Writer Sherman Alexie has a knack of intertwining his own problematic biographical experience with his unique stories and no more than “The Lone Ranger and Tonto Fistfight in Heaven” demonstrates that. Alexie laced a story about an Indian man living in Spokane who reflects back on his struggles in life from a previous relationship, alcoholism, racism and even the isolation he’s dealt with by living off the reservation. Alexie has the ability to use symbolism throughout his tale by associating the title’s infamy of two different ethnic characters and interlinking it with the narrator experience between trying to fit into a more society apart from his own cultural background. However, within the words themselves, Alexie has created themes that surround despair around his character however he illuminates on resilience and alcoholism throughout this tale.
Junior was constantly bullied while going to school on the reservation. One time, the Andrus brothers were picking on him and Junior said,”All three of them shoved me to and fro. They were playing catch with me” (Alexie 21). This was a common occurrence on the reservation for Junior, and it got to the point where he could not take it anymore. As a result, he convinced Rowdy to go with him to shave off the Andrus brothers hair which they have been growing their whole life. If it were not for Junior constantly facing the adversity of being bullied he would not have made the decision to shave the Andrusses hair. This conflict influenced Junior to make actions that are risky but could end up benefiting him in the future. Junior was not the only Indian on the reservation facing adversity. In fact most of the Indians were, and a specific person noticed this and finally came out and said something. Mr. P,
Have you ever lost someone you loved or was important in your life? Well Junior has, he has lost many people in his life. He has gone to a total of 42 funerals in his lifetime and he is only 14. You will find out more about Junior in the novel The Absolutely True Diary of a Part-Time Indian by Sherman Alexie. Most of the people Junior has lost were due to alcohol. Alcohol is an epidemic within the Indian reservation as well as all over the world. There are many themes present in the book The Absolutely True Diary of a Part-Time Indian. One particular theme that is present throughout the story is that alcoholism kills and ruins lives.
Many people beleive this book should be banned. The Absolutly True Diary of a Part Time Indian, writen by Sherman Alexie, main plot is on a small resivation and a small white school. As the story goes on many of the topic go away but there is still a presence of them. People are trying to get this book banned due to the innapropiate topic used in this book. Most people dont read this book and just make up thing that this book should be banned for. The Absolutely True Diary of a Part- Time Indian should be banned becase of the use of race, sex, and alcahol.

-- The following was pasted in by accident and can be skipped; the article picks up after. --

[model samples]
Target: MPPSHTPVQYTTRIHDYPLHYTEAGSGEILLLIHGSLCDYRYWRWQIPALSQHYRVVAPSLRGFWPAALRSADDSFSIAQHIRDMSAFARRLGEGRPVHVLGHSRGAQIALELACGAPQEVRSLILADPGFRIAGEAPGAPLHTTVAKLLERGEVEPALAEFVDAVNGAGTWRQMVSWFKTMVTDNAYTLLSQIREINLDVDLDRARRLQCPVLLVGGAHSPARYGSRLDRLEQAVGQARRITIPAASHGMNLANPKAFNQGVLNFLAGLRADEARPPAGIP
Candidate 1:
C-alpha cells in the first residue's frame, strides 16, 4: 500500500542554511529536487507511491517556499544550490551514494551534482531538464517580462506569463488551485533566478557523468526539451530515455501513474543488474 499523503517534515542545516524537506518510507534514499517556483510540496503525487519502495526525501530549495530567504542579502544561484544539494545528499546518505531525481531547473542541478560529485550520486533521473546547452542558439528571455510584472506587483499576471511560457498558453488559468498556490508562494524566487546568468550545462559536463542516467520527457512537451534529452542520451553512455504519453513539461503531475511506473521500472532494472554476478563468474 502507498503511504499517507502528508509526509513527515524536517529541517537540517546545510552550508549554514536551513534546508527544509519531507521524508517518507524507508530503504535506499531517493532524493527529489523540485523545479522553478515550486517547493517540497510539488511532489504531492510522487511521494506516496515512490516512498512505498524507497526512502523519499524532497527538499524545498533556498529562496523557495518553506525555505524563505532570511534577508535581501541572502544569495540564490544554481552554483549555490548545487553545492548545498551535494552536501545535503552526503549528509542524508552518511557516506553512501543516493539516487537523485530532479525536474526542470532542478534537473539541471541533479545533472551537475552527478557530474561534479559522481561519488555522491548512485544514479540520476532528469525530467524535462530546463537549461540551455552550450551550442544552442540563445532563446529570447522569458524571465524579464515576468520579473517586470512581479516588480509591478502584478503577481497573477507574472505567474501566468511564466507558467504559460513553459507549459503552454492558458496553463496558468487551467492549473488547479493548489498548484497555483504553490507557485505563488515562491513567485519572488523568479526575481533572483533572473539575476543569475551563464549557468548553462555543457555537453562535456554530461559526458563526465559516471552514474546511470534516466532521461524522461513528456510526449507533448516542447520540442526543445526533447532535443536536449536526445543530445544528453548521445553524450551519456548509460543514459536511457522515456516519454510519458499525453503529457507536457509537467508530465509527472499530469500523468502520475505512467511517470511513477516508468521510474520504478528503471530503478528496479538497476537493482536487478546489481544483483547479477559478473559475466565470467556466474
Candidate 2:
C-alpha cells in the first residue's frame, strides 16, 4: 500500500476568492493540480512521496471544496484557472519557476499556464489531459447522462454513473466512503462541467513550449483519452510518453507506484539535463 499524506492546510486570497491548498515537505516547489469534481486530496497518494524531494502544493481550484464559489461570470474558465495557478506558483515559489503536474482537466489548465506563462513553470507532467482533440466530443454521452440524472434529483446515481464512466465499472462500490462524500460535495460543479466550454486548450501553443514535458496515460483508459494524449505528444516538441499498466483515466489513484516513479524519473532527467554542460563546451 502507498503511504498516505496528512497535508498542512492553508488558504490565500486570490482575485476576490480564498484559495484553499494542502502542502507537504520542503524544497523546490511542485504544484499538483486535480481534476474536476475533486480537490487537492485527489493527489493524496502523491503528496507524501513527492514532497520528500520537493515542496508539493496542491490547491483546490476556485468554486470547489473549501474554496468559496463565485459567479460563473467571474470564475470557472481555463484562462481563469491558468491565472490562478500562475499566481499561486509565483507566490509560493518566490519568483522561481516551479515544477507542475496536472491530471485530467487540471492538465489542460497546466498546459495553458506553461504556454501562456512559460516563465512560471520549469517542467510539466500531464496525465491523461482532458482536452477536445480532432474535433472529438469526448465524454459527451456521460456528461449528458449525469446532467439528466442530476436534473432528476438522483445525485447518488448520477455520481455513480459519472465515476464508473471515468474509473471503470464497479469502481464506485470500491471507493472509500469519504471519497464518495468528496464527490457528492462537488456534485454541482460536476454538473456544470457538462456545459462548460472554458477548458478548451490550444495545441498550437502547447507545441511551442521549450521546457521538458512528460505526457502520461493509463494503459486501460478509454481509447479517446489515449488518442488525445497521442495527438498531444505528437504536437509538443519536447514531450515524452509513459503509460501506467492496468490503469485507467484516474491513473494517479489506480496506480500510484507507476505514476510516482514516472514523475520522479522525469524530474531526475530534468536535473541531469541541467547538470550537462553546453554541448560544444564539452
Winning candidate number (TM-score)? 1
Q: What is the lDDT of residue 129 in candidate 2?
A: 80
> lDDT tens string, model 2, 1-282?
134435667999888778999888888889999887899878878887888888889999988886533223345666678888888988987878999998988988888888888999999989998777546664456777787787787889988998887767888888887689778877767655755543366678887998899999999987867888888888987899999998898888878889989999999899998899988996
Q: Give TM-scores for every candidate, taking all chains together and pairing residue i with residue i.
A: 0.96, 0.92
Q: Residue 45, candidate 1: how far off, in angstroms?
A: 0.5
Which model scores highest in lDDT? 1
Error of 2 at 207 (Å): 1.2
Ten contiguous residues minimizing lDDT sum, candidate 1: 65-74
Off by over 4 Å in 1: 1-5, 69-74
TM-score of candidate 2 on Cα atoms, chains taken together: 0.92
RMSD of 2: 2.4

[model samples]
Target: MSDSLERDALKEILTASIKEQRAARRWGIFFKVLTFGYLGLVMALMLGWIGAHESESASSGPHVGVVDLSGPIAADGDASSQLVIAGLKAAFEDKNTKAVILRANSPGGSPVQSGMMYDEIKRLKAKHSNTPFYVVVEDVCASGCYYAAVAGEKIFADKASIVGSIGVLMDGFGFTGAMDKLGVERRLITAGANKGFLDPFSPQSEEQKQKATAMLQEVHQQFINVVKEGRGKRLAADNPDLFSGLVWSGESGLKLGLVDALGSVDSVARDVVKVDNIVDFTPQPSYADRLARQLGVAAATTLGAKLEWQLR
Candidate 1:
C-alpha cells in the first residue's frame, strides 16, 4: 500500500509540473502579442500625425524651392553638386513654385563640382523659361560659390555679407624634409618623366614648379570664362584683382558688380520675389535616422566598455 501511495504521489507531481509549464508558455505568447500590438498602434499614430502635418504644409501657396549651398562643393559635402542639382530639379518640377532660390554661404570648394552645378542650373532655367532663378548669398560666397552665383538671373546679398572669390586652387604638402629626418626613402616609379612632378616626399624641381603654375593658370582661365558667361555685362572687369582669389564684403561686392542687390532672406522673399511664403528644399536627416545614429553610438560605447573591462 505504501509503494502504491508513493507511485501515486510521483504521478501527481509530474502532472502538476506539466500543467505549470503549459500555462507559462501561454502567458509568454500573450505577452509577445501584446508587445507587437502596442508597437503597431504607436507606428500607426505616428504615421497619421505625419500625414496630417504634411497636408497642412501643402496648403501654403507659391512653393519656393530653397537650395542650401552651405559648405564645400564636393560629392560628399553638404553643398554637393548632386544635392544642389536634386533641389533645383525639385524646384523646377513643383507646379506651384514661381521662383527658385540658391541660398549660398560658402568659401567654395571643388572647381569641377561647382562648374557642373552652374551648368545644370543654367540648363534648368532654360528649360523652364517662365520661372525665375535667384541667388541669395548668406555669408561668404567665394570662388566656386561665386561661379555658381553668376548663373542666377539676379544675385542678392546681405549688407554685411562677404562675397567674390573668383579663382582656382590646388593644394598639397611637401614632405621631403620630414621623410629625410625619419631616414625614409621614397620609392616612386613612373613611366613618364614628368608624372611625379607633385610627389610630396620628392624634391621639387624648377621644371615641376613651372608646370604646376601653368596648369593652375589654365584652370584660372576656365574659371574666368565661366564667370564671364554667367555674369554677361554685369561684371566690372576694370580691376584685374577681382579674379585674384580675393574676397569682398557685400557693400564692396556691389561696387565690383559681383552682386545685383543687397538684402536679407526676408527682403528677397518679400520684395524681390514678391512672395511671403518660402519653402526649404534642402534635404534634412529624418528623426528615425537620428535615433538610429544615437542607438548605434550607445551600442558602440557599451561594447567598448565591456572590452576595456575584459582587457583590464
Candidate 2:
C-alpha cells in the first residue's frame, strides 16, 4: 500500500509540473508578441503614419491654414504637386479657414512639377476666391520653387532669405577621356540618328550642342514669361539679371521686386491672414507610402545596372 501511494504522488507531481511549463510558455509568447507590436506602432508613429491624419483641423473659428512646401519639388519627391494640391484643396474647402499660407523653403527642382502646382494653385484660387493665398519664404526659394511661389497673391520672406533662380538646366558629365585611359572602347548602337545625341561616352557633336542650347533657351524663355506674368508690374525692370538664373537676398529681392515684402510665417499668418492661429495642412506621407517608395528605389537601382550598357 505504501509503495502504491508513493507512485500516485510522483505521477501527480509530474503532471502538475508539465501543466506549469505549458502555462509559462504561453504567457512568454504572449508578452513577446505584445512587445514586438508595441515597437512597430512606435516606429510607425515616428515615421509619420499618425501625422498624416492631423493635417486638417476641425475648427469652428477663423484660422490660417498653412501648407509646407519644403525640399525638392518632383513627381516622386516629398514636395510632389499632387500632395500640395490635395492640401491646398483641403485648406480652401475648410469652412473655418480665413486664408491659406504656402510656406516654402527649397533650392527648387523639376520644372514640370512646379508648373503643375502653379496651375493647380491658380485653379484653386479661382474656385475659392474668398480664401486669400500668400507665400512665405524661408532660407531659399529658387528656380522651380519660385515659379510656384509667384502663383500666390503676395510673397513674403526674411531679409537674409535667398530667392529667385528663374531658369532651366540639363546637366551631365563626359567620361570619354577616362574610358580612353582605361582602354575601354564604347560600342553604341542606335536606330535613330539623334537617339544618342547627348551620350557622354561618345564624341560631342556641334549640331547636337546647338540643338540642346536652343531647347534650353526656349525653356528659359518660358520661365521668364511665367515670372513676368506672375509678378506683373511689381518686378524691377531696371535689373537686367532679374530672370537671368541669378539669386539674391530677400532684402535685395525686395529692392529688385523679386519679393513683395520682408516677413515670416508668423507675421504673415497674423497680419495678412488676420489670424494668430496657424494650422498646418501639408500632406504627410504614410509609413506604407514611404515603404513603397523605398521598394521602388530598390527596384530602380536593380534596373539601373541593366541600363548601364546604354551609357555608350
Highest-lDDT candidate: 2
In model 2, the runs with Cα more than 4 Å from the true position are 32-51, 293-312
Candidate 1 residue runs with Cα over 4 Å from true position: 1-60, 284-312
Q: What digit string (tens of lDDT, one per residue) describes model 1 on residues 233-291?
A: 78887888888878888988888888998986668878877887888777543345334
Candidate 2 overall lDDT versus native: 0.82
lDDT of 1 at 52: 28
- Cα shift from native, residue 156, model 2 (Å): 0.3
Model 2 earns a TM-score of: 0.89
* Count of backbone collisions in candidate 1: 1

Mr. P tells Junior that the reservation is responsible for the destruction of its resident’s hopes and dreams. He explains to Junior that “If you stay on this rez… they’re going to kill you. I’m going to kill you. We’re going to kill you. You can’t fight us forever” (Alexie 43). Mr. P believes that Junior has not given up on his dreams; that he is constantly fighting for them. When Junior throws his textbook, which his mom also used, at Mr. P, he is acting out because “that old, old, old, decrepit geometry book hit my heart with the force of a nuclear bomb. My hopes and dreams floated up in a mushroom cloud” (Alexie 31). He realizes that poverty is acting as an anchor, keeping him grounded from reaching new heights and succeeding in life. Junior is being persuaded to leave the reservation; to pursue his dreams, the only problem is that he does not know where to go. Mr. P explains to Junior “Son… You’re going to find more and more hope the farther and farther you walk away from this sad, sad, sad reservation” (Alexie 43). Junior is told that he can have a different future from his parent’s or anyone else’s on the reservation. The fact
A small town Indian boy named Junior Loved his friend Rowdy as does Rowdy.But love can’t vanish can it,or is it the fact that love never existed with those.After all some say love is just a figment of your imagination,right? In the book”The Absolutely True Diary of a Part-Time Indian.”
The novel The Absolutely True Diary of a Part-time Indian is not simply written. The author Sherman Alexie, uses several words like articulate, hormonal, and decrepit which displays that the novel could be read by people of all ages. This novel is wonderfully written so that people of every socioeconomic status can relate to real-world problems like poverty, racism, death and substance abuse. Alexie uses simple language to convey the thoughts that are actually inside people’s minds. For instance, in the first chapter of the book, the author introduces Arnold to the world (Alexie, 2007). In the very first sentence the author states that Arnold was born with water inside his brain. Furthermore, the author discusses that “cerebral spinal fluid
Banned Books Week is an annual event starting on September 23 and ending on September 29 celebrating the freedom to read books freely no matter what topics are present throughout the book. The purpose of Banned Books Week is to bring the community together and express and seek ideas in books even if they are considered unorthodox. Throughout this celebratory week publishers, librarians, booksellers, journalists, teachers and more all celebrate the freedom to read and access information that they desire to explore. The outstanding novels by the names of Speak by Laurie Halse Anderson and The Absolutely True Diary of a Part-Time Indian by Sherman Alexie are both banned books in many middle school and high